Banking probe deepens as top officials meet

A little-known group of government agency chief executives will meet this afternoon to discuss next steps as New Zealand regulators step up pressure on the country's largest banks to prove they're not indulging in the kinds of sharp business practice uncovered in Australia last month by a royal commission of inquiry into the banking sector.

The meeting of the Council of Financial Regulators will bring together the head of the Treasury, Gabriel Makhlouf, the chief executive of the Ministry of Business, Innovation and Employment, Carolyn Tremain, the governor of the Reserve Bank of New Zealand, Adrian Orr, and the chief executive of the Financial Markets Authority, Rob Everett, along with two senior representatives of the Commerce Commission.

The meeting follows one called by Orr and Everett yesterday of the New Zealand Bankers Association Council, where the chief executives of the Bank of New Zealand, ANZ's New Zealand operation, Westpac NZ, ASB Bank, AMP, KiwiBank and Heartland heard the two main financial regulators' message that it would be an inadequate response to New Zealand bank customers to take a "complacent 'it can't happen here'" approach to the issue.

The country's four largest banks are owned by Australian-headquartered parents, with BNZ owned by the National Australia Bank and ASB by the Commonwealth Bank of Australia, while ANZ and Westpac operate under as separate units under their Australian parents' brands.

In the last 10 days, the Australian inquiry has claimed the scalps of both the chair and chief executive of AMP amid disclosures about the Australasian financial services giant charging "fees for no service" and revelations from across the Australian banking sector about advice and performance fees being charged, in some cases, to the accounts of people who were dead, and mis-selling and conflicts of interest in advice being given by financial advisers.

As a minimum, they should able to back up the statements they are making about standards in New Zealand being higher than in Australia.

Everett said his first contact with the big four banks' CEOs was last Friday, and that today's financial regulators council meeting would in part focus on what the government agencies' next steps should be in determining how best to organise the deeper disclosure the RBNZ and FMA are seeking from the country's banks.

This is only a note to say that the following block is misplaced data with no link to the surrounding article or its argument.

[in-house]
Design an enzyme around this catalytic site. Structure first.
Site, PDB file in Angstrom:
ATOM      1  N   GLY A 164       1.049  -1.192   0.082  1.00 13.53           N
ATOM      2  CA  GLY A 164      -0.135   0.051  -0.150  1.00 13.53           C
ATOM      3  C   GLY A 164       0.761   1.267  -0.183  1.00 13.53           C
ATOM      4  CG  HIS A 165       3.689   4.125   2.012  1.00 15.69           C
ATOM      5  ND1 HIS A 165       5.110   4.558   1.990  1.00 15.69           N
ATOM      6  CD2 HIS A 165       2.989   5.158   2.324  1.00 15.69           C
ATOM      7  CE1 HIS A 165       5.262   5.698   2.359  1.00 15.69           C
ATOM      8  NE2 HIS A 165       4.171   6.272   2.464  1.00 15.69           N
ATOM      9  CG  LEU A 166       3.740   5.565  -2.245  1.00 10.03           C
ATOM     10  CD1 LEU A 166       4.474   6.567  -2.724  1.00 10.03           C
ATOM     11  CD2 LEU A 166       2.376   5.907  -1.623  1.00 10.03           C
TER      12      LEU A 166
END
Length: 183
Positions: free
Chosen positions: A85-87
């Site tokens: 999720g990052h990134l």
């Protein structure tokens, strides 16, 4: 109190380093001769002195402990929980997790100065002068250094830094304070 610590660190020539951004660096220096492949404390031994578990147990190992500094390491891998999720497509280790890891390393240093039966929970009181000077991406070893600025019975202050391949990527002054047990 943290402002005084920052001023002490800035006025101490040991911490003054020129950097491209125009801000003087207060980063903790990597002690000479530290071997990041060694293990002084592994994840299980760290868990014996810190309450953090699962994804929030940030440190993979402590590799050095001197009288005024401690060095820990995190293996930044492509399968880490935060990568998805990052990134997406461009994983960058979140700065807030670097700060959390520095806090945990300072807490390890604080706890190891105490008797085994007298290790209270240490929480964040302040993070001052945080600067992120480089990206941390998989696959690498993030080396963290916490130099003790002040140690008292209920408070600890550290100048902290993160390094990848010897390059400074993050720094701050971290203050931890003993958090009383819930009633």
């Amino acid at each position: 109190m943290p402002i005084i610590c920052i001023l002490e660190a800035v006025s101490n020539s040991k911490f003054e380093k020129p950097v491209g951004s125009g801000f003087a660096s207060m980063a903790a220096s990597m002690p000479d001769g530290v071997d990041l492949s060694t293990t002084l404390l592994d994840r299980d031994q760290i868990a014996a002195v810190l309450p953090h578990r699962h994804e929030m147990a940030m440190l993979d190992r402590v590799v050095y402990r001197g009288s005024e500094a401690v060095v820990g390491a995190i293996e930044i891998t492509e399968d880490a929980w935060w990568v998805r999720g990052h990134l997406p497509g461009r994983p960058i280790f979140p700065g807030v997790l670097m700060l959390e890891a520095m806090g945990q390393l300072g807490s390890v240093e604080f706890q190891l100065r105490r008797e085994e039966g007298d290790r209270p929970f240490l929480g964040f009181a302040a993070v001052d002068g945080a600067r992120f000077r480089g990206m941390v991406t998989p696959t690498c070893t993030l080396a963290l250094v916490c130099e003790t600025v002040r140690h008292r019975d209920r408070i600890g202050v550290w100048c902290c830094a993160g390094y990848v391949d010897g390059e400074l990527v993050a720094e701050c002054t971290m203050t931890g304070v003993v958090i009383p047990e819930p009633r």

The Bankers Association said it has responded to regulators in a letter setting out the regulatory and market difference between Australia and New Zealand and said it has current work underway "to maintain public trust and confidence in the New Zealand banking sector."

"We believe we have a strong banking culture in New Zealand," association chief executive Karen Scott-Howman said in a statement. "We fully accept we need to back up that position with proof, and we’re happy to work openly and constructively with our regulators to do that."

Association chair David McLean, who is chief executive of Westpac, earlier told radio NZ that Australian-owned New Zealand banks operated with their own business culture and were closer to their customers in the smaller New Zealand market.

While Everett is saying there is no case for a formal banking inquiry "at this stage", the active involvement of the RBNZ in the current initiative is notable because it indicates the central bank sees the issues raised in Australia as bearing on its prudential supervision responsibilities as well as the FMA's formal responsibility for bank conduct in consumer markets.

"Historically, one would have said this is more conduct that prudential supervision," said Everett. "But Adrian Orr is interested in culture and how things are done. This is an opportunity for the FMA and RBNZ to meld things much more closely together."

At yesterday's meeting, the banks were given a fortnight to come back to the RBNZ and FMA with initial evidence of the efforts they had made to "scrub" their businesses for any signs of practices like those identified in Australia, and whether and what further initiatives were planned in that regard.

"What we make of what they show us, we may come back and ask for more and we may not apply a lot of weight to all of it, but as a minimum, they should able to back up the statements they are making" about standards in New Zealand being higher than in Australia, said Everett.

"Show us what you are planning to do now off the back of the royal commission that allows us to judge the state of industry preparedness to answer those questions," he said.

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